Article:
When it comes to getting pregnant, timing is everything. But we don't have a whole lot of control surrounding that timing.
A new study released today from the University of Warwick found the synchronization of a mother's body clock and her womb's clock is essential to carrying a pregnancy to full term. Failed synchronization can switch off body clock genes that line the womb, jeopardizing a pregnancy.
Wondering what body clock genes are, and why your body has more than one "clock?" "Clock genes" work by coding proteins that rise and fall in rhythmic patterns. They control all different functions, like when we sleep and rest, body temperature, hormone secretion and so on. And apparently, they play a roll in whether or not you're going to miscarry.
"Approximately one in seven clinical pregnancies result in miscarriage, mostly prior to 12 weeks of pregnancy," says researcher Jan Brosens, MD. "It is estimated that five percent of women experience two clinical miscarriages and approximately one percent have three or more losses. From a medical perspective, recurrent miscarriages and implantation failure have remained frustratingly devoid of effective therapeutic strategies."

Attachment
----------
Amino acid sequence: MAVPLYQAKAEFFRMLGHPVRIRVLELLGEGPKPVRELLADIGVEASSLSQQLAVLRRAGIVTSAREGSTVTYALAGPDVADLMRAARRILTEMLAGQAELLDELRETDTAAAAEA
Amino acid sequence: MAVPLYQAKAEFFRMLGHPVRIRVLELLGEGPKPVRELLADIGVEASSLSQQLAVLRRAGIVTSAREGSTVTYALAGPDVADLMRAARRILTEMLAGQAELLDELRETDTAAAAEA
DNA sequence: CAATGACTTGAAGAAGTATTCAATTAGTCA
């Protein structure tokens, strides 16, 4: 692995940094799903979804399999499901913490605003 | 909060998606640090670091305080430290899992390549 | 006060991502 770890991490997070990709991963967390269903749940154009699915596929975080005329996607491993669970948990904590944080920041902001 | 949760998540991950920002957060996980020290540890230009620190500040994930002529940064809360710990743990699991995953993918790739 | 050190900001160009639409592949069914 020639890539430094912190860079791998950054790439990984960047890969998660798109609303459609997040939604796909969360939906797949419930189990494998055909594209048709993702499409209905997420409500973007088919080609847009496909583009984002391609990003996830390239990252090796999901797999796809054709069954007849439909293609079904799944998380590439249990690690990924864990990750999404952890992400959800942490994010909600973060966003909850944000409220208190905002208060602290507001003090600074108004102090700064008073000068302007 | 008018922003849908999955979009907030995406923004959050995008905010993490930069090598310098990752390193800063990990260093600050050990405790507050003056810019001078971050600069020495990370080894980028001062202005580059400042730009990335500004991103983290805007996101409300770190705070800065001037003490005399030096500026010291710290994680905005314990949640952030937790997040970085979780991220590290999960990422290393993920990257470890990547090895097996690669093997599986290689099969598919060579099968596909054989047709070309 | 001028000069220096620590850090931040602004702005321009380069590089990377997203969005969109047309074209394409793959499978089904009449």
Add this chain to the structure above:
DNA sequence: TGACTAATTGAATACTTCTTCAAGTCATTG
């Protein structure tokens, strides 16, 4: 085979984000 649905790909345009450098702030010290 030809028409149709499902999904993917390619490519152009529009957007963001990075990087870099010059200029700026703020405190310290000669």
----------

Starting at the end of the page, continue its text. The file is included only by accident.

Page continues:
And now, there's a reason behind multiple miscarriages: out-of-sync clocks. Even smaller defects in synchronization can have negative effects, causing preterm labor or preeclampsia. Researchers are hopeful this information will eventually yield more positive outcomes for moms-to-be.
"We hope that it will increase worldwide knowledge about possible reasons for infertility and recurrent miscarriages, so that we are able to help families achieve their dream of having children," says Professor Siobhan Quenby, Consultant Obstetrician at Warwick Medical School.